Open Source Principles Give the Workplace Soul

As part of the 20th anniversary of open source software and the Open Source Initiative , the OSI is reaching out to our community of individual and affiliate members, sponsors, current and past board directors, and supporters to share their success stories. We want to hear from those who’ve succeeded in, and with, open source software, development, and communities. This time, we’re hearing from OSI Premium Sponsor Cumulus Networks.

Why did you choose open source? How did you build your team? What issues did you overcome? Where did you find support? What are the benefits you’ve realized?

We hope that by sharing these stories of success from you peers and colleagues, we can help those just beginning their journey with open source software, those just joining the open source community. We’ll post these articles here, and then add them to for archiving and future reference. — Thank you to all of those who are sharing their stories here and again contributing—in another way—to the success of open source.

I started thinking about what exactly makes my employer, Cumulus Networks, the way it is. And the conclusion I’ve arrived at is that the principles of open source that make our technology so innovative and forward-thinking also extend to the workplace. An open development environment translates to an open working environment, and the beliefs of the open source community translate into positive influences in the workspace. Anyone who’s spent time at our office, in our bootcamps, with our people, etc. can feel that Cumulus Networks has “soul.” We’ve got a passion, substance, life and feeling that pulses throughout our space like a funky bass line.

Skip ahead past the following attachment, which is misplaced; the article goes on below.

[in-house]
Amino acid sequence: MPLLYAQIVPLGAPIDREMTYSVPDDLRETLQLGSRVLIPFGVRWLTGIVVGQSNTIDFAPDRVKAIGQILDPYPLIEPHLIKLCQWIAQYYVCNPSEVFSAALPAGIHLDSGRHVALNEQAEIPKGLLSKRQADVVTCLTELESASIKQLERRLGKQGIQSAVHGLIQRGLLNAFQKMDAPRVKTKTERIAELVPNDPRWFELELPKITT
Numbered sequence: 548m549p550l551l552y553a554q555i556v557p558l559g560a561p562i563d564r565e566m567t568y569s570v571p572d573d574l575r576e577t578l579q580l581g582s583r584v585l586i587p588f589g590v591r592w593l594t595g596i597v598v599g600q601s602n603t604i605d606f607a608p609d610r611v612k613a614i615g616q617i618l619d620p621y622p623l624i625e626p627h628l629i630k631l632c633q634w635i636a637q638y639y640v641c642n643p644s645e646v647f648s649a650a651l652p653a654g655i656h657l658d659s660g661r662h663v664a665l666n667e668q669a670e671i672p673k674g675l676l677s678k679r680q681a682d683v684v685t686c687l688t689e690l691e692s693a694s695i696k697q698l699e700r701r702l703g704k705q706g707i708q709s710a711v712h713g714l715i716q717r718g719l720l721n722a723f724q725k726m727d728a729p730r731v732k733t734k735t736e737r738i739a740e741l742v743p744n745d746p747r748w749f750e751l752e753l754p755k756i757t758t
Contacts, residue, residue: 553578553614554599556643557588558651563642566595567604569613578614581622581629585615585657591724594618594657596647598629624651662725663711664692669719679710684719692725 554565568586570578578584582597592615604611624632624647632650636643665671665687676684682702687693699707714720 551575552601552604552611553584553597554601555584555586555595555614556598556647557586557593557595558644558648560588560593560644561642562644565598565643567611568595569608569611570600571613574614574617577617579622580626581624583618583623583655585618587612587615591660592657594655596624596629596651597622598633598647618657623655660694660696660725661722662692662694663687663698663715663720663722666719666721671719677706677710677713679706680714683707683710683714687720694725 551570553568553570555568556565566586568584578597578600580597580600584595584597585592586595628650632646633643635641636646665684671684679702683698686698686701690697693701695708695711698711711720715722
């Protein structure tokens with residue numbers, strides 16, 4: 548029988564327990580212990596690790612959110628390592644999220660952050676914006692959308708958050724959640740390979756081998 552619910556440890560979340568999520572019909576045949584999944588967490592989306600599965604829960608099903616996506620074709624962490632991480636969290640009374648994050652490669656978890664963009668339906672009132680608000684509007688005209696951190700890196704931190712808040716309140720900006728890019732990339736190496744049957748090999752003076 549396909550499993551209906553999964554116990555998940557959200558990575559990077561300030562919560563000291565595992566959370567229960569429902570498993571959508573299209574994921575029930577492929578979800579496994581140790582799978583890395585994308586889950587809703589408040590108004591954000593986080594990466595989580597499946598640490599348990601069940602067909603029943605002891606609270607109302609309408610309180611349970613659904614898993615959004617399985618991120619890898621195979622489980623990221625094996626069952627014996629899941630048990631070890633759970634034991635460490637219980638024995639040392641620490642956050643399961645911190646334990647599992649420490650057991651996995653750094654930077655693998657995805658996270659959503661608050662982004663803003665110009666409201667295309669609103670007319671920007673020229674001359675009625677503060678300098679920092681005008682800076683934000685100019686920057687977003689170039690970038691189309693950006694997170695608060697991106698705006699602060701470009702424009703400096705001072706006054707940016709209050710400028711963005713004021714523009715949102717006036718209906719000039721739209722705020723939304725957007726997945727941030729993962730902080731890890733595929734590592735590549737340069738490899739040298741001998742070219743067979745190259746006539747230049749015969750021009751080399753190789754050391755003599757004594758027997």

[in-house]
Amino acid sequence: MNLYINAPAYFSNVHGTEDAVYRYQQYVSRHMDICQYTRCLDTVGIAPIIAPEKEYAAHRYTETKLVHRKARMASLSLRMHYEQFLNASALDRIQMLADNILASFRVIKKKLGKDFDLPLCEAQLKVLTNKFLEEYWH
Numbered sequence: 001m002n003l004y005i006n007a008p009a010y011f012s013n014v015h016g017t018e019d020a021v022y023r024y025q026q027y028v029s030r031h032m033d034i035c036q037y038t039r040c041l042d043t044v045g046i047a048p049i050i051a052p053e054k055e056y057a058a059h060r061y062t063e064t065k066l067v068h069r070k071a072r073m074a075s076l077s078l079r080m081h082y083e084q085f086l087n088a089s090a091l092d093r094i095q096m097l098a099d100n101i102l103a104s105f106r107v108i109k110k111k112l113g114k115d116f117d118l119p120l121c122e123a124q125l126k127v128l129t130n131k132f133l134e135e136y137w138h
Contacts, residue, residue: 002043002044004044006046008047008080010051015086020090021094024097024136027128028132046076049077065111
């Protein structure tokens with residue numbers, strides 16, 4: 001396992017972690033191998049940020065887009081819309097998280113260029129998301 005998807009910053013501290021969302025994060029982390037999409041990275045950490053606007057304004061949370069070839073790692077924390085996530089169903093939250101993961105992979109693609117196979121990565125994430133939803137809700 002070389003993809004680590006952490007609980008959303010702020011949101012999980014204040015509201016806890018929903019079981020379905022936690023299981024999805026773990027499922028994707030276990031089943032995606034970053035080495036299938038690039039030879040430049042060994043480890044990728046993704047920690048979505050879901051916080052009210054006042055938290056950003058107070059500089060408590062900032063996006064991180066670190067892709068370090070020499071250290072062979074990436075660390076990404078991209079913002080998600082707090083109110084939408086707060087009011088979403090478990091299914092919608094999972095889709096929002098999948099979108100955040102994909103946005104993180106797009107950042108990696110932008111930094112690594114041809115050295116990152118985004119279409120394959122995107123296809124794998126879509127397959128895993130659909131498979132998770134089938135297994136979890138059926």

My former employers are pretty varied, ranging from a restaurant to a university, but all of those jobs had one thing in common — they had no soul. To these Pink Floyd-ian businesses, employees were just cogs in the machine meant to forfeit passion for profit. Each day I dragged myself out of bed, drudged to work and slogged through my day. And I’m sure everyone reading this has experienced at least one of these soulless jobs in their life. Specifically, in the world of networking, I hear engineers talk about how they “did their time” at proprietary businesses as though they had served time in prison.

If you work with or follow Cumulus at all, you probably know all about our initiative to bring S.O.U.L (Simple, Open, Untethered Linux) into networking (for the uninitiated, feel free to check out our S.O.U.L page to learn all about the movement!). You could argue that S.O.U.L is what gives us “soul.” With that in mind, I’m not exaggerating when I say that, from the moment I started my first day at Cumulus Networks, I felt like a weight was lifted off my chest. Stepping into the business of open source software and open networking felt like walking into an open field, where I was encouraged to explore, collaborate and create. Never before in my career have I felt so supported and encouraged to think outside the box. And I’m not the only person who feels this way — Cumulus Networks was ranked as one of the best places to work for the Glassdoor 2017 awards!

So how exactly does that happen? Let’s break down some of the principles of open source development and communities, and how we’ve incorporated those through S.O.U.L to show how they change the office environment.